So Proposition 64 has passed. The first thing you may want to know is, "When can I start buying recreational pot, and use it legally?" Sure, but there's so many more questions to ask -- and the answers are still evolving.
California's cannabis industry will see a lot of green, both in crops and in cash -- a recent study valued the state's current medical marijuana market at $2.7 billion, and a Prop 64-approved pot economy will grow to $6.46 billion by 2020. Who's going to reap the benefits? Who's going to have a buzzkill? How are individual cities and counties planning to regulate cannabis, and will that lead to a hodgepodge of confusing laws? With three different state agencies regulating cannabis, will California be able to stick to Prop 64's timeframe or will it harsh everyone's mellow with more red tape? Which county will be the first to embrace pot tourism and pitch itself as the "Napa of marijuana?" And with Donald Trump's pick as Attorney General on the record as strongly opposed to marijuana legalization, will these questions even matter?
For our first "Policy and a Pint" panel of 2017, come meet some people who are shaping and creating the state's cannabis industry, hear them explain the highs and lows of Proposition 64, how it's going to affect California economically, culturally and politically -- and, whether you partake or not, what you need to know about our biggest cash crop.
* Lori Ajax, Chief of California's Bureau of Medical Cannabis Regulation -- she was a top dog at the Department of Alcoholic Beverage Control before Governor Brown appointed her as the state's first "pot czar" last year (her sit-down interview with the Mendocino Voice
* Hezekiah Allen, executive director of California Growers Association -- his trade group represents the state's cannabis farmers but he decided to vote against Prop 64 (he explains why to the Lost Coast Outpost)
* Nate Bradley, executive director of California Cannabis Industry Association-- a former cop from Yuba County who is now California's most effective pot lobbyist (as this BuzzFeed article describes)
* Gabriel Garcia, co-leader of the Cannabis Law practice at Kronick, Moskovitz, Tiedemann & Girard, which, according to the Sacramento Business Journal, is the largest Sacramento law firm so far to publicize its efforts in that area of law.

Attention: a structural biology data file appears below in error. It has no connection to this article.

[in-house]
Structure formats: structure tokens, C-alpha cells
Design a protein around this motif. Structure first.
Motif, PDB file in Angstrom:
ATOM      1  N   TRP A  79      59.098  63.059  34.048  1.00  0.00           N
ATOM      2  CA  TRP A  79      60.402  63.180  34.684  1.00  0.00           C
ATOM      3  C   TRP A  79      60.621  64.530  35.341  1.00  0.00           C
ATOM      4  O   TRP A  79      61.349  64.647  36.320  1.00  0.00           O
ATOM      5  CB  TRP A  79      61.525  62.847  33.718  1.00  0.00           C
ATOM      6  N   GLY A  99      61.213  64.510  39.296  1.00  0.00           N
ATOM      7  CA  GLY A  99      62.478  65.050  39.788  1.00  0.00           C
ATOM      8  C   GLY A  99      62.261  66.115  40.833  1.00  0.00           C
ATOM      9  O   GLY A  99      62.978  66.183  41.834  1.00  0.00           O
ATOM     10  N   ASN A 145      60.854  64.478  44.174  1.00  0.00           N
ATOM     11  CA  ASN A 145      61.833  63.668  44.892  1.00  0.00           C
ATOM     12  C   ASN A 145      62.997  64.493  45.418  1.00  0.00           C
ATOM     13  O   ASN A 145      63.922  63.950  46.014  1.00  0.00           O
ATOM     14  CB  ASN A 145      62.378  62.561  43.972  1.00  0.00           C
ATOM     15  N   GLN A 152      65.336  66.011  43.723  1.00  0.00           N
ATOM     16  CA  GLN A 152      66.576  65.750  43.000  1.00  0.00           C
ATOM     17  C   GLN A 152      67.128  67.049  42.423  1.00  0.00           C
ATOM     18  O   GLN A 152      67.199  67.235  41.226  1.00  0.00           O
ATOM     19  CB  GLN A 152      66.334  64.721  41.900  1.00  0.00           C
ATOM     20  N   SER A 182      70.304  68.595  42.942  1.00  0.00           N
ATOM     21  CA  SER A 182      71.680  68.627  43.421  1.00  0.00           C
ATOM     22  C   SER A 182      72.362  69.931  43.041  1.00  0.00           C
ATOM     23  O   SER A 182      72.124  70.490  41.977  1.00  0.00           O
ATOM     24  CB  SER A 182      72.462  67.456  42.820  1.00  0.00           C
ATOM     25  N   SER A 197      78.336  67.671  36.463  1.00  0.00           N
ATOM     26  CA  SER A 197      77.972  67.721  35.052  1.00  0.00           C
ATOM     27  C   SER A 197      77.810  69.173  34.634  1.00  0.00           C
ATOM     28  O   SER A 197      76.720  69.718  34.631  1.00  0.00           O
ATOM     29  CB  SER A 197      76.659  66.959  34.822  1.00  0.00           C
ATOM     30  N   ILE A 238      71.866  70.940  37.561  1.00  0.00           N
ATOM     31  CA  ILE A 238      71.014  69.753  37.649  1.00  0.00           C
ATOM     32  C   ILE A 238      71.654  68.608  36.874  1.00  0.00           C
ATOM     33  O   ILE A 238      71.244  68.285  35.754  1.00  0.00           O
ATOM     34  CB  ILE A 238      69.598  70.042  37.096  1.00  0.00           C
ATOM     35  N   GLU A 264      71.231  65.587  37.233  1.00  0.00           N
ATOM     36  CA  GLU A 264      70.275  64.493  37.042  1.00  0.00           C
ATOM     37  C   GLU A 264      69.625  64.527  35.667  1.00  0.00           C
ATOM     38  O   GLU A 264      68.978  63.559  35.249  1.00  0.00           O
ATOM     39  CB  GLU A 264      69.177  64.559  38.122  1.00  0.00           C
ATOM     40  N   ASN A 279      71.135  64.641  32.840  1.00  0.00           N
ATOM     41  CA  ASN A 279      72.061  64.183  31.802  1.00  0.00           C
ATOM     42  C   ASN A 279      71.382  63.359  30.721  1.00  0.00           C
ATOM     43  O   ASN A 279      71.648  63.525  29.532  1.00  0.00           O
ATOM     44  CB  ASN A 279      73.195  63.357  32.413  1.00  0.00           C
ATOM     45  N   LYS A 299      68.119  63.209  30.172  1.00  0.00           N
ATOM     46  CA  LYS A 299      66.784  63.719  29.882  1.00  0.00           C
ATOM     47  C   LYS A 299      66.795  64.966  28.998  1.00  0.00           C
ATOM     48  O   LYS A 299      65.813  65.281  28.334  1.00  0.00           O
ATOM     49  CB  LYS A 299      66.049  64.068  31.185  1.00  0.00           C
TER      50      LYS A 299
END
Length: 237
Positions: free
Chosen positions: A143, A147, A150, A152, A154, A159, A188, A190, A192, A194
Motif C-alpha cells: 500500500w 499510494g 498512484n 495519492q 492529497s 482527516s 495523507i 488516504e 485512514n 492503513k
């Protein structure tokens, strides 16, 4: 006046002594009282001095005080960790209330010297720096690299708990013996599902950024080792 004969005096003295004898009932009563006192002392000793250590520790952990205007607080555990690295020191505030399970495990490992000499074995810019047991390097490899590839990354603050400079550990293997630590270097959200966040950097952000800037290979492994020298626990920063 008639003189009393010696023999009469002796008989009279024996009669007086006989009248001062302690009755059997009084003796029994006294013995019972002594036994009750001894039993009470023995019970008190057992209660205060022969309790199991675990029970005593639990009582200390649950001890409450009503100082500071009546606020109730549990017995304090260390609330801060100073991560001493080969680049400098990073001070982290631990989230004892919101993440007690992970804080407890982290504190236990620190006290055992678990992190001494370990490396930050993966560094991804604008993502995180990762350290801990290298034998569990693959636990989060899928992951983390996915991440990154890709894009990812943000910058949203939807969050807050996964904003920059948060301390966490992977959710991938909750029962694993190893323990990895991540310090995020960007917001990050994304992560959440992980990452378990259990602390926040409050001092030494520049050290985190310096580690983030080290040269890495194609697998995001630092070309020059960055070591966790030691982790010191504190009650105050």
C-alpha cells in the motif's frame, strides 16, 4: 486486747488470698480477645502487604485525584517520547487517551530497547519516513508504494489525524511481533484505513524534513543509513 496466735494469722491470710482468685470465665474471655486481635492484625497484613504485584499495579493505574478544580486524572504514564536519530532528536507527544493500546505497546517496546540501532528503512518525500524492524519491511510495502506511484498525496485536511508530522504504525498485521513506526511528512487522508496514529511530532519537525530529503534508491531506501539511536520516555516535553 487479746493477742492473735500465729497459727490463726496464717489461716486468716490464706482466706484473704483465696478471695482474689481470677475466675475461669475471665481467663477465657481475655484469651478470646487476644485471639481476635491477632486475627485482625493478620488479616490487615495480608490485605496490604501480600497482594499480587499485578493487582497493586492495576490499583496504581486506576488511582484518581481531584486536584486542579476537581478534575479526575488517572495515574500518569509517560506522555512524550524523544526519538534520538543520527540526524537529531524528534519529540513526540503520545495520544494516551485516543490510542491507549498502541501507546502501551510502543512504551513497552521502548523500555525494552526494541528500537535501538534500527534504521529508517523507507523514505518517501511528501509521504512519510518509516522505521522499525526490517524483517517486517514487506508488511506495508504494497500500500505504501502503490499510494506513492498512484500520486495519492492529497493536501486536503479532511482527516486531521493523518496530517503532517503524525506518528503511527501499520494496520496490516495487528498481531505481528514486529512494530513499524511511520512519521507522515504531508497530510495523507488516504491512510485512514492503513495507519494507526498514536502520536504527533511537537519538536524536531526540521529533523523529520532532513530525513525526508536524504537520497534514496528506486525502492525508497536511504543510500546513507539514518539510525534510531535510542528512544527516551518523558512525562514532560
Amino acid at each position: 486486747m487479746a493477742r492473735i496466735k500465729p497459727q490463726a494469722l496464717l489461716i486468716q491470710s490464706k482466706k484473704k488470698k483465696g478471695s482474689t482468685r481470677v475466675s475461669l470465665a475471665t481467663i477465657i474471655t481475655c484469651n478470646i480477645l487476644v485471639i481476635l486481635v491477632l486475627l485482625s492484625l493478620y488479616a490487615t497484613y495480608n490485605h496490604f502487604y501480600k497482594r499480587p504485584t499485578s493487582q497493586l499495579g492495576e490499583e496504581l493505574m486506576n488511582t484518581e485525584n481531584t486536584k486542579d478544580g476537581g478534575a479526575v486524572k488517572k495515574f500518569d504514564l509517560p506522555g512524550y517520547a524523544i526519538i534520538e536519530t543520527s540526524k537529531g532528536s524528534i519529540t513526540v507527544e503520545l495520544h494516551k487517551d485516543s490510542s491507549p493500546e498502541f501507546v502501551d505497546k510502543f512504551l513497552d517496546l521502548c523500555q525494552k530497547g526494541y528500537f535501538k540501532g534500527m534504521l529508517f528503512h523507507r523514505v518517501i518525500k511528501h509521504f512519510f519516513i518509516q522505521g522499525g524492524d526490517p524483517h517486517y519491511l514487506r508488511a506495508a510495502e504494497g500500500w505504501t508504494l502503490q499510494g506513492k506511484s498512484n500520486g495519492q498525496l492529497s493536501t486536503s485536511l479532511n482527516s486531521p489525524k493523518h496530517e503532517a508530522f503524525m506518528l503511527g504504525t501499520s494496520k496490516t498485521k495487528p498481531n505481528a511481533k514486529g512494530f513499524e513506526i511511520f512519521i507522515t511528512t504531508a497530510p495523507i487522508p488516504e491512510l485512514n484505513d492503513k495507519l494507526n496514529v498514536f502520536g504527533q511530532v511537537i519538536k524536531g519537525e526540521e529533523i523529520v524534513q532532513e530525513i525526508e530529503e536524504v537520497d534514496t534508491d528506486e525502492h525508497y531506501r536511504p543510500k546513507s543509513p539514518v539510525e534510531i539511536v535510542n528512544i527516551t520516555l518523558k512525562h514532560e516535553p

* Jay Schenirer, Sacramento City Council Member for District 5 -- he believes the City should make the most of legalized marijuana by regulating the industry in ways that benefit residents first and foremost (here are his thoughts about it in a Sacramento Bee "Soapbox" column from last month)
* Andrea Unsworth, a former public-finance bond analyst for Moody's who is now founder of StashTwist, a cannabis delivery service in Oakland, and co-founder of Supernova Women, a group focused on getting more people of color running businesses in the cannabis industry (read this great profile of Supernova Women in California Sunday Magazine)
Listen to the podcast of this event at: https://soundcloud.com/californiagroundbreakers/policy-and-a-pint-pot-is-legal-now-what
Hear the entire 1 hr, 45 mins all at once, or move around to specific segments (we marked up sections in the "Podcast Timeframe" at the bottom of the page).
And here are some interesting articles worth reading about the cannabis industry:.
- Is Marijuana the Luxury Industry's Next Big Opportunity? $12 rolling papers and $65 pipes, anyone? How about $700 an ounce? Fashion and design brands have their sights set on California.
- "Those were our entrepreneurs we locked up." Can Oakland, a new capital of legal weed, undo the injustices of the war on drugs?
- Key Differences Between Recent Medical Cannabis Laws and Proposition 64. A report from our Legislative Analyst's Office that shows a good chart of the differences between CA's medical cannabis laws and the proposed recreational cannabis laws -- and how those differences could be a major headache for legislators and the marijuana industry.
- America's $6.7 Billion Marijuana Habit, Mapped. The legal marijuana market rang up $6.7 billion in sales last year; 8.3 percent of Americans age 12 and over (22 million people) use pot on a monthly basis; and other interesting data facts.
- 10 Things You Need to Know About California's Adult Use of Marijuana Act. Gabriel Garcia, one of our panelists, wrote this Top 10 List of the important things to know about the passing ofProp 64.